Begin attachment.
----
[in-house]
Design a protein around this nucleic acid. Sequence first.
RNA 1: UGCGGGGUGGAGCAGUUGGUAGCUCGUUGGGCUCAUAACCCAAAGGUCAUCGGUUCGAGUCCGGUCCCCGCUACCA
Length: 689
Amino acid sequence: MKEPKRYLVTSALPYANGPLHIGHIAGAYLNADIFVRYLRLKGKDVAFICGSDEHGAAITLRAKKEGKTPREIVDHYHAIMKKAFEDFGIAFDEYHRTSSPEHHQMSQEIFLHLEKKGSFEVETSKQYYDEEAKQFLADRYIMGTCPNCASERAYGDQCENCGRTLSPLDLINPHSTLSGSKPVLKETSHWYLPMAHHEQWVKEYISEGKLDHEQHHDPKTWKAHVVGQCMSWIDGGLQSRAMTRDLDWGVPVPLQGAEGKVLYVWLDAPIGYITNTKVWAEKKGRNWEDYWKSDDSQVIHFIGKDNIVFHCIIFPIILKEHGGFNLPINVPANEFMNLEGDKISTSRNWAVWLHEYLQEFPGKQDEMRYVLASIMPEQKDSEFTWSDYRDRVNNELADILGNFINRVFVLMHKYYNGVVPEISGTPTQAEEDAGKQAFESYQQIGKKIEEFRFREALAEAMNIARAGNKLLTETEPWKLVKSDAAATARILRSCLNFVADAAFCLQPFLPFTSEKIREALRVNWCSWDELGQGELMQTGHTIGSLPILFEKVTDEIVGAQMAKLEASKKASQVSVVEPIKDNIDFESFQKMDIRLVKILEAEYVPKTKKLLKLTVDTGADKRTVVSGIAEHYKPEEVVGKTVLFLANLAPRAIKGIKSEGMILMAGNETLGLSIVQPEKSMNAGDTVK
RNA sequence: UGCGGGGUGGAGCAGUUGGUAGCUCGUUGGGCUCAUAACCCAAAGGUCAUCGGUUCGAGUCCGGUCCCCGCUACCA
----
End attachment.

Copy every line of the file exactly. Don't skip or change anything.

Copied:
[in-house]
Design a protein around this nucleic acid. Sequence first.
RNA 1: UGCGGGGUGGAGCAGUUGGUAGCUCGUUGGGCUCAUAACCCAAAGGUCAUCGGUUCGAGUCCGGUCCCCGCUACCA
Length: 689
Amino acid sequence: MKEPKRYLVTSALPYANGPLHIGHIAGAYLNADIFVRYLRLKGKDVAFICGSDEHGAAITLRAKKEGKTPREIVDHYHAIMKKAFEDFGIAFDEYHRTSSPEHHQMSQEIFLHLEKKGSFEVETSKQYYDEEAKQFLADRYIMGTCPNCASERAYGDQCENCGRTLSPLDLINPHSTLSGSKPVLKETSHWYLPMAHHEQWVKEYISEGKLDHEQHHDPKTWKAHVVGQCMSWIDGGLQSRAMTRDLDWGVPVPLQGAEGKVLYVWLDAPIGYITNTKVWAEKKGRNWEDYWKSDDSQVIHFIGKDNIVFHCIIFPIILKEHGGFNLPINVPANEFMNLEGDKISTSRNWAVWLHEYLQEFPGKQDEMRYVLASIMPEQKDSEFTWSDYRDRVNNELADILGNFINRVFVLMHKYYNGVVPEISGTPTQAEEDAGKQAFESYQQIGKKIEEFRFREALAEAMNIARAGNKLLTETEPWKLVKSDAAATARILRSCLNFVADAAFCLQPFLPFTSEKIREALRVNWCSWDELGQGELMQTGHTIGSLPILFEKVTDEIVGAQMAKLEASKKASQVSVVEPIKDNIDFESFQKMDIRLVKILEAEYVPKTKKLLKLTVDTGADKRTVVSGIAEHYKPEEVVGKTVLFLANLAPRAIKGIKSEGMILMAGNETLGLSIVQPEKSMNAGDTVK
RNA sequence: UGCGGGGUGGAGCAGUUGGUAGCUCGUUGGGCUCAUAACCCAAAGGUCAUCGGUUCGAGUCCGGUCCCCGCUACCA